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Thursday, October 18, 2012

Photo Essay: Upon the 90th Anniversary of the Egyptian Theatre (Updated for 2020—Sold to Netflix)

[Last updated 12/24/20 11:01 PM PT—information on sale of theatre and new ownership added]

Ninety years ago, Los Angeles' center city was still Downtown, filled with glittering marquees and glitterati. Hollywood consisted mostly of lemon groves and farmland—and what did a hicktown like that know about the movies, or live entertainment?



Sid Grauman set out to change that.



In 1922, the Egyptian Theatre was built relatively quickly by Hollywood setbuilders and other artisans, primarily out of the same materials (chickenwire, plaster, etc.). And lucky for Sid Grauman, it opened just weeks before the discovery of King Tut's Tomb, which sparked a worldwide obsession with all things Egyptian.



The Egyptian Theatre - with its hieroglyphic embellishments and imposing "stone" architecture - was a hit...



...and hosted all of the biggest Hollywood movie premieres with all of the biggest stars in its massive courtyard...



...starting with Douglas Fairbanks' Robin Hood.



Like many historic theaters of Los Angeles, the Egyptian changed hands several times, and was modernized over and over again to try to keep up with the times, and the increased foot traffic on Hollywood Boulevard.



American Cinematheque—the theater's current owner [until May 2020]—embarked on a massive $15MM renovation of the Egyptian to return it to its original splendor, preserving or restoring many of the surfaces.



The exterior, exposed to the elements, could use a little touch-up.



The interior is gorgeous and modern, and not immediately evocative of what one might expect inside an Egyptian Revival historic monument. There are two dogs adorning the lobby which are not original to the building, but reportedly are original props from the Elizabeth Taylor Cleopatra film. [Update: These have been removed from the theatre and are currently in the possession of Hollywood Heritage.]



Original lighting fixtures with original glass still remain...



...along a ceiling whose intricate stencil pattern has been painstakingly restored and, in some cases, reproduced using original stencils.



Inside the theater itself, the ceiling "starburst" pattern was merely cleaned...



...decades of nicotine and tar (from years of cigarette smoking) having preserved the colorful paint underneath.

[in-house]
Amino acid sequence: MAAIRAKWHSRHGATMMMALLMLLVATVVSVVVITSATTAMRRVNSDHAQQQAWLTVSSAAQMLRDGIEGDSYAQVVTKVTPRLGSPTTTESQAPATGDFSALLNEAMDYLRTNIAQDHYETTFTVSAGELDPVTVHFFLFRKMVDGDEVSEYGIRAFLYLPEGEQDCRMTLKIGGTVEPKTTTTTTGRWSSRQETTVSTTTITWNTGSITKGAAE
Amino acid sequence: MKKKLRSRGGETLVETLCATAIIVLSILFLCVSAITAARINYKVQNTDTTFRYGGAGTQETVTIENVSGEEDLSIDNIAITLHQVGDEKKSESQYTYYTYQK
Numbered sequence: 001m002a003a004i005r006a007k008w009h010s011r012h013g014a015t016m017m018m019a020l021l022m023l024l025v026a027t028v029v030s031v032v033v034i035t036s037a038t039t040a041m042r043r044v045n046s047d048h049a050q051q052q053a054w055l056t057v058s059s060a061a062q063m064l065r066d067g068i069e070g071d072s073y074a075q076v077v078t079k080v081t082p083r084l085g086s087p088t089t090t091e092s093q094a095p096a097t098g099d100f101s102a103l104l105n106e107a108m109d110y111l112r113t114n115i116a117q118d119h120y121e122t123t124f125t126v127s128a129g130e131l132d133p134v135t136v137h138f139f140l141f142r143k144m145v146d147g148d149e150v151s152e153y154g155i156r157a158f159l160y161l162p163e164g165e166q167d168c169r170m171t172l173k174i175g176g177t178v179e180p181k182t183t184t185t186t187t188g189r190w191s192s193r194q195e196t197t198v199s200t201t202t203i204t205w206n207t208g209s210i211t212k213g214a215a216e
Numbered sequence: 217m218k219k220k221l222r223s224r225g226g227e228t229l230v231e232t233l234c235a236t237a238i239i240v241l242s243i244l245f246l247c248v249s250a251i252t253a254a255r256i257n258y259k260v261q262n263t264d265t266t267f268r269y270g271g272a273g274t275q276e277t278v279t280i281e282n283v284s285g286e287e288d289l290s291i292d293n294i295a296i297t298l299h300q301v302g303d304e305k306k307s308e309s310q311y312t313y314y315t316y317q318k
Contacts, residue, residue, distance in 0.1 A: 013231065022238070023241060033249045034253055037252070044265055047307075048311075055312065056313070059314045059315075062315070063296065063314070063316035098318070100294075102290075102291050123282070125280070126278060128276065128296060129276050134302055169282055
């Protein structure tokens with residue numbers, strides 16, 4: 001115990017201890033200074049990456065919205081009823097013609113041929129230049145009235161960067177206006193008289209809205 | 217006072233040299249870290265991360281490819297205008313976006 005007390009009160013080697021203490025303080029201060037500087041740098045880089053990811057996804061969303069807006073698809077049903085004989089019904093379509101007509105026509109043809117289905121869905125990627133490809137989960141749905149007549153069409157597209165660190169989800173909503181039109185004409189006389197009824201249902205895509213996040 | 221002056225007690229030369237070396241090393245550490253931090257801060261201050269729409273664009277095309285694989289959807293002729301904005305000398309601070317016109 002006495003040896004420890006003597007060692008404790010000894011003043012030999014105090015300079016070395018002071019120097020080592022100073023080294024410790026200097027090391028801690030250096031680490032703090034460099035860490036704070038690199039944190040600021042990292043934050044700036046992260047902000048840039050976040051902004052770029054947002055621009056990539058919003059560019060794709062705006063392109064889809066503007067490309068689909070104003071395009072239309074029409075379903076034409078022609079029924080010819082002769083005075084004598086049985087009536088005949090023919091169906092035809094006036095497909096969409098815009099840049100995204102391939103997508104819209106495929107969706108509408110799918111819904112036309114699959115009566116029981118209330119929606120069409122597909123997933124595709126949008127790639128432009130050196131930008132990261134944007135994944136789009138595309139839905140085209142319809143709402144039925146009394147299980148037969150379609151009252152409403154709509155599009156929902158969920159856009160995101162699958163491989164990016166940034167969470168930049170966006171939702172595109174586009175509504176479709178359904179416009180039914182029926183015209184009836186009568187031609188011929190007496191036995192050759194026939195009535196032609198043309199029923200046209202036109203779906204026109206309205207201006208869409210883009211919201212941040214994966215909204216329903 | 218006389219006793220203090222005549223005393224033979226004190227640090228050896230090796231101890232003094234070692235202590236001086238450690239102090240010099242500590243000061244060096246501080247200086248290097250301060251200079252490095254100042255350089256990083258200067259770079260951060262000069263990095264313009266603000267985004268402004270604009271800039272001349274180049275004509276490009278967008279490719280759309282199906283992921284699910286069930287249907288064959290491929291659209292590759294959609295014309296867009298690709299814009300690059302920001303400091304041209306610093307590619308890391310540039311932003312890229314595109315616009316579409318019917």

In the wings, you can see where present day technology and amenities meet the original walls...



...with sound panels merely obscuring the walls (rather than requiring them to be torn down, since these panels are usually inside the wall).



If you look up from one of the side aisles, you can see the original singer's boxes...



...and if you're lucky enough, your tour guide will take you up to stand in one.



Sid Grauman was infamous for his over-the-top stage shows that preceded the movie screenings, full of singers, dancers, and elaborate pageantry - a tradition he brought over to the Chinese Theater, which opened five years later.



Upstairs, you can still see some unrestored areas, like the old bathroom and dressing rooms, which currently store some original old furniture that will hopefully one day make its way back out in public view.



The building - primarily constructed of hollow blocks - was also not up to earthquake code, so during the renovation some of those walls were covered in a plastic to try to prevent anything crumbling under significant seismic activity.



A new marquee was added as well - not exactly like the original, but certainly evocative of it.



This week the Egyptian celebrates its 90th anniversary with a number of events, film screenings, and a gala event on Saturday night.

Of course I have to go.

But of course I had to get a good look at the theater first.

Update: In May 2020, a deal was finalized to transfer ownership of the Egyptian from American Cinematheque to Netflix. 

Netflix plans to "restore" the theatre to an earlier time period—including reversing some of the updates and renovations that have been done. 

It will still allow American Cinematheque to run repertory screenings and festivals on weekends, while it will use the theatre as a screening room for its original productions throughout the rest of the week. 

Related Posts:
Photo Essay: Behind the Scenes at Grauman's Chinese Theater

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